For the next few sentences, I feel like I could use “we”, but I will use “I”, so you can hear how personally I take this. So often, I am not here. I check my cell phone for missed texts, I watch a movie while checking my email, I teach students while making grocery lists in my head.
What for? Why do I spend my life divided in two places and never really anywhere at all? I am used to it, but it is not comfortable. This method of living fits as well as an itchy uniform. The few times I take an intentional moment to be present, to look the person in the eye as I’m talking to them, to think about what they have to say and not what I will say next, to pay attention-to the road, the weather, a book-suddenly I remember why I am alive. If this truly was your last moment, would you rather spend it distracted?
What frightens me most is when I realize how quality suffers with this habit. The things that feel most organic, natural-yoga, reading, talking, painting, kissing-these things take time and intentionality. They may not even feel natural at first, if my brain is in a wound-up, commercial-like state. It takes time and practice to become intentional.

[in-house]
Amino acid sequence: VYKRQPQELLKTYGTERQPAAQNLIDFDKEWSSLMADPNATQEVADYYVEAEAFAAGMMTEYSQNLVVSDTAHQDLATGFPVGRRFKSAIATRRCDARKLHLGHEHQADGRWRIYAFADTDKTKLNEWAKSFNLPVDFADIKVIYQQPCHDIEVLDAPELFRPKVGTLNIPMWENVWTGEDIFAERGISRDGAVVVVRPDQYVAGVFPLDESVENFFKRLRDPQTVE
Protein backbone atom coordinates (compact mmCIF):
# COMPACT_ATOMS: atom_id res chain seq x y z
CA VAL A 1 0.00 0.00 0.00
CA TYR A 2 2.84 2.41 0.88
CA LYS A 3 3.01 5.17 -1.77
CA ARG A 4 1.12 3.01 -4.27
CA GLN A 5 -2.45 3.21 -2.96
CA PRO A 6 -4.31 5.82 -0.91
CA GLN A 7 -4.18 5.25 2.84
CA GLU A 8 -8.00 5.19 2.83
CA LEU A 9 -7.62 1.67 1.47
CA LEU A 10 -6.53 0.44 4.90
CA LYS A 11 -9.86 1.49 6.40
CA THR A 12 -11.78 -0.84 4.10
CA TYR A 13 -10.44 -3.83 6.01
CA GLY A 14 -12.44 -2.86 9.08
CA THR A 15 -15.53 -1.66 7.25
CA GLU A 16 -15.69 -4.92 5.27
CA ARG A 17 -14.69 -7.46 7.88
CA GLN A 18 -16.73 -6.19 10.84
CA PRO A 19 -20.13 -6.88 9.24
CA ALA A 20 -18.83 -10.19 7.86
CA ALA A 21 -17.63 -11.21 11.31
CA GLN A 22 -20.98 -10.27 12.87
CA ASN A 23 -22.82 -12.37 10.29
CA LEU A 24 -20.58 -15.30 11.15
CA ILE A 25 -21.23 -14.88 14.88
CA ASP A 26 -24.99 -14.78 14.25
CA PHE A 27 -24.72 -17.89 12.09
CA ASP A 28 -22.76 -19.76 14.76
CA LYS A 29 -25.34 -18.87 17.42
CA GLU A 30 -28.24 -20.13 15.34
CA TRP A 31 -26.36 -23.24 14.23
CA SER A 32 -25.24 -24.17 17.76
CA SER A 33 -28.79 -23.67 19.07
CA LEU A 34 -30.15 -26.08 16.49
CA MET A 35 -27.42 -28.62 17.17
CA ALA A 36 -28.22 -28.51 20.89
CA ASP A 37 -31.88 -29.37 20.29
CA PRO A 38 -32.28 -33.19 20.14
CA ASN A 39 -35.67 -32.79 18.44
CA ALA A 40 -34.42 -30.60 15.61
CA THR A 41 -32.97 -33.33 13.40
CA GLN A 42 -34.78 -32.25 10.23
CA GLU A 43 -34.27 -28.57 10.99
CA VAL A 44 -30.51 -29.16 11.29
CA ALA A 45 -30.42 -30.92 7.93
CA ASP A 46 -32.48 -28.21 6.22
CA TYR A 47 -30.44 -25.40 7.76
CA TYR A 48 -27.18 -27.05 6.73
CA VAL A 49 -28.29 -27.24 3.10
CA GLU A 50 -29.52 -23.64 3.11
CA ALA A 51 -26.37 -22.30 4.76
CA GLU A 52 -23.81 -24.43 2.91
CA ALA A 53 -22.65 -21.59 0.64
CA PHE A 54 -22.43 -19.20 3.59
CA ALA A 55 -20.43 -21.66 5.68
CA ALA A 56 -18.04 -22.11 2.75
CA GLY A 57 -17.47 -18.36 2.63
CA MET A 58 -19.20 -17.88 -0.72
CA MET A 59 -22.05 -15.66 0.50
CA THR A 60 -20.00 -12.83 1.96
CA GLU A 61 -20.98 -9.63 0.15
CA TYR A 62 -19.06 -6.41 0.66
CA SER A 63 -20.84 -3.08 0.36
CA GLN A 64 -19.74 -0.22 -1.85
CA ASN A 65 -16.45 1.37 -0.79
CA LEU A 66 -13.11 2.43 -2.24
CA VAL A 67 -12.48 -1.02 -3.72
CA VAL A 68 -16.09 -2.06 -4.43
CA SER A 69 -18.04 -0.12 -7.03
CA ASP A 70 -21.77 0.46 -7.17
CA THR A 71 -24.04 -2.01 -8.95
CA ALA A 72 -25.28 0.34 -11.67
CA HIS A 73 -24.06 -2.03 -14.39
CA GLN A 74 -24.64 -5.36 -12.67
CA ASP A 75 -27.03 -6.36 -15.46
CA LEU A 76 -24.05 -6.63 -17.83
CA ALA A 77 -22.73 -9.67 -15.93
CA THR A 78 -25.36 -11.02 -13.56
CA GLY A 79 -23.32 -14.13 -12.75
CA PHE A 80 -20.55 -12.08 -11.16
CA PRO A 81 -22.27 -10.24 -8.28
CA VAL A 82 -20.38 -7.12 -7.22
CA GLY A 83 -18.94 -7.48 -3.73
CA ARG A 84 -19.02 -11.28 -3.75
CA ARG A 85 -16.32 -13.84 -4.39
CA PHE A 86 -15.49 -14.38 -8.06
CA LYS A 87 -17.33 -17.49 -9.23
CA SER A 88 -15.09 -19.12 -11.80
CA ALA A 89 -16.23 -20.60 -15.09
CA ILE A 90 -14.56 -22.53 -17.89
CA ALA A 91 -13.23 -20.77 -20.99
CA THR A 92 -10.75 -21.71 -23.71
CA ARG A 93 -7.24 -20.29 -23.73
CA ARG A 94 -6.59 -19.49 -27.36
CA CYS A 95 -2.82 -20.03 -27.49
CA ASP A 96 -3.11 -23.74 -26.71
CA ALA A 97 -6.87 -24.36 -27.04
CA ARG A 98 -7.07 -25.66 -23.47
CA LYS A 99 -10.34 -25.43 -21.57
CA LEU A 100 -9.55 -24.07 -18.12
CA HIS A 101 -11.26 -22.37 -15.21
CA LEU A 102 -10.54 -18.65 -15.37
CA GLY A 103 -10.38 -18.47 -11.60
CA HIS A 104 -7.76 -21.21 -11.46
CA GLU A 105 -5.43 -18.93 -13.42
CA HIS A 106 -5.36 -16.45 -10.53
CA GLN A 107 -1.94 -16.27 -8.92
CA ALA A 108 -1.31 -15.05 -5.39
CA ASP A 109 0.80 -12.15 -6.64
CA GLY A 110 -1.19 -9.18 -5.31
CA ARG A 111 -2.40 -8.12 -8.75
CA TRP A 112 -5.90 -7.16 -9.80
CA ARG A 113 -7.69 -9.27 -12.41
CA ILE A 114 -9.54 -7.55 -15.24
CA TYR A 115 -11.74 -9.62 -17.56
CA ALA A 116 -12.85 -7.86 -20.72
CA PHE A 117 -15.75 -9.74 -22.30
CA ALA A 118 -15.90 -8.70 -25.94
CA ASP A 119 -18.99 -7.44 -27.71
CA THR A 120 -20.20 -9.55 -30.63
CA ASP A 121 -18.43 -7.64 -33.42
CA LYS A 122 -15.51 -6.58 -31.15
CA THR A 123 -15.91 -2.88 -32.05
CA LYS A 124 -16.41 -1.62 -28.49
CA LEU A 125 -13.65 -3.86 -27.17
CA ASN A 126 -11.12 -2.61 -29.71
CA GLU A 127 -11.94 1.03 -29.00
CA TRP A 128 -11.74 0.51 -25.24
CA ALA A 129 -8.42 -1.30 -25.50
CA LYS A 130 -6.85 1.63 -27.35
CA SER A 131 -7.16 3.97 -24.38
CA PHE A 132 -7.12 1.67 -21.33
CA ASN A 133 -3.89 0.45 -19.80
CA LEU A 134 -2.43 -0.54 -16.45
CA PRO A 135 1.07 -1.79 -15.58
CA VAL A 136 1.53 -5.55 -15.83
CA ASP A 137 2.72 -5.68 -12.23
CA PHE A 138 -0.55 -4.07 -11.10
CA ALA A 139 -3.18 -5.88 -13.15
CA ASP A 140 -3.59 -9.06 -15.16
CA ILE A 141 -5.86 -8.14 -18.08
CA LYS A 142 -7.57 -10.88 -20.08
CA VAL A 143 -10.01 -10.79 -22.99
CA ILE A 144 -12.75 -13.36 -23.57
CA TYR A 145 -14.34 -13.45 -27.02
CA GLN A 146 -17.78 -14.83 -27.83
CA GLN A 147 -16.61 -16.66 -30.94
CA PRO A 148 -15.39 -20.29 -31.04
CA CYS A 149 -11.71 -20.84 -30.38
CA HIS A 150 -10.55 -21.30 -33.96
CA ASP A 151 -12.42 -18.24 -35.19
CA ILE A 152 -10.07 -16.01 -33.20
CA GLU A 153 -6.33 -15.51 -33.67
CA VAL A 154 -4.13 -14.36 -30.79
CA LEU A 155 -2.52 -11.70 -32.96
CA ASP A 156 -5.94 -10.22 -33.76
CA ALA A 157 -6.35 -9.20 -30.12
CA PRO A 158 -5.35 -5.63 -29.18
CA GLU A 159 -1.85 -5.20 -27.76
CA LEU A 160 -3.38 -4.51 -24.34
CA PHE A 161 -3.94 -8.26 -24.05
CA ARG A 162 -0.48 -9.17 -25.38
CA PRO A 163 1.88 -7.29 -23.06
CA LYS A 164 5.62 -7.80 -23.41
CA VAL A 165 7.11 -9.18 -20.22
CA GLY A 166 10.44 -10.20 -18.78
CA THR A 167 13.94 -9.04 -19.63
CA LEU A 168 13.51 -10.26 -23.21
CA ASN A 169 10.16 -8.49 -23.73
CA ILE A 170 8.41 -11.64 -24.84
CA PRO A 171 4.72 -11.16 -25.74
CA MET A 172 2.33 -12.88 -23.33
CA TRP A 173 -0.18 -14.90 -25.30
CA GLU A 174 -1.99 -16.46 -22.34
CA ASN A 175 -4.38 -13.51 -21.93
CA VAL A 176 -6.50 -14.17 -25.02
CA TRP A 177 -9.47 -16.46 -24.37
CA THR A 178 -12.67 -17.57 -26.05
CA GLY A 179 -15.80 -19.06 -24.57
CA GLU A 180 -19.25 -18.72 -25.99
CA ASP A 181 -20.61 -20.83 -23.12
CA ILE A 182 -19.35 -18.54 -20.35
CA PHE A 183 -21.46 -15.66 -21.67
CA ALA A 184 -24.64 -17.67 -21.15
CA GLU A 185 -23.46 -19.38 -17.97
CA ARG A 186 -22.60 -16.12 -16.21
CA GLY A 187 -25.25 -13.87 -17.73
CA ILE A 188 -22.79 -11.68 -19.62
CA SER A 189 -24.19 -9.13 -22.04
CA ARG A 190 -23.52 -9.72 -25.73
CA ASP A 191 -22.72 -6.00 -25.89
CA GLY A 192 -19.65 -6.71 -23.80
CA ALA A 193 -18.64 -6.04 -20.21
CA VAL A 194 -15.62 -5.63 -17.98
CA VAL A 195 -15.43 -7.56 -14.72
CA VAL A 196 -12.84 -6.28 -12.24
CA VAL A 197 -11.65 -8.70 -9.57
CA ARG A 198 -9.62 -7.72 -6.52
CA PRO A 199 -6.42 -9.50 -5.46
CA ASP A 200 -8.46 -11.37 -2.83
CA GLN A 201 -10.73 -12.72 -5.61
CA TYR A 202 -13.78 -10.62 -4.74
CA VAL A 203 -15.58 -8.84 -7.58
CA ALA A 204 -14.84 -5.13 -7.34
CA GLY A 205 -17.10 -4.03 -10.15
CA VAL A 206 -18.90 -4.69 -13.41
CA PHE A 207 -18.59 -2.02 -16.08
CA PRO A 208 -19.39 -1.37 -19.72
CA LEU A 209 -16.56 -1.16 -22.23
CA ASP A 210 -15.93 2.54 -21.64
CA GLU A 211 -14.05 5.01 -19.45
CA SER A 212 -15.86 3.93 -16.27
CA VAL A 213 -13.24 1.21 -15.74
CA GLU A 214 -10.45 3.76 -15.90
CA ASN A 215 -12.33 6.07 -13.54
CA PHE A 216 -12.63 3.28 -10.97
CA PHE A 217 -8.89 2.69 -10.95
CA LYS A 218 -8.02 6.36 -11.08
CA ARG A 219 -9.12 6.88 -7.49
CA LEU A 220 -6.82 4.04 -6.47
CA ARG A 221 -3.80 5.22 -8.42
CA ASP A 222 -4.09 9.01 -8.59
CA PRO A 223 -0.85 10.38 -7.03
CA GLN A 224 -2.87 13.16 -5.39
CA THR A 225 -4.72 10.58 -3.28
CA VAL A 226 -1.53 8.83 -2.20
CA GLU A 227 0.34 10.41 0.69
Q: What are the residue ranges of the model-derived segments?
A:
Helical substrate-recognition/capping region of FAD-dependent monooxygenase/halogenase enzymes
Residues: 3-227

My students blossom with the individual attention. Have you noticed how good it feels when someone waits for you? Plants grow taller with someone who attends to them. True love is made from commitment, presence, attention. Simply “being there” is often what it takes and often the most difficult to accomplish. We can be distracted or we can be absent, but the ultimate loss is the same.
So the call to myself, and if this speaks to your heart, to you: be present. Take a minute to see if you are doing only one thing now, if you are here. If you are not, then change it. You will breathe more deeply, rest more easily, love more strongly. Things about you will rise up like a harvest. Tending to growing things is slow, but it is real, and it is now. This is not scientific research, it’s simply a feeling I have. Please, if you disagree, then prove me wrong.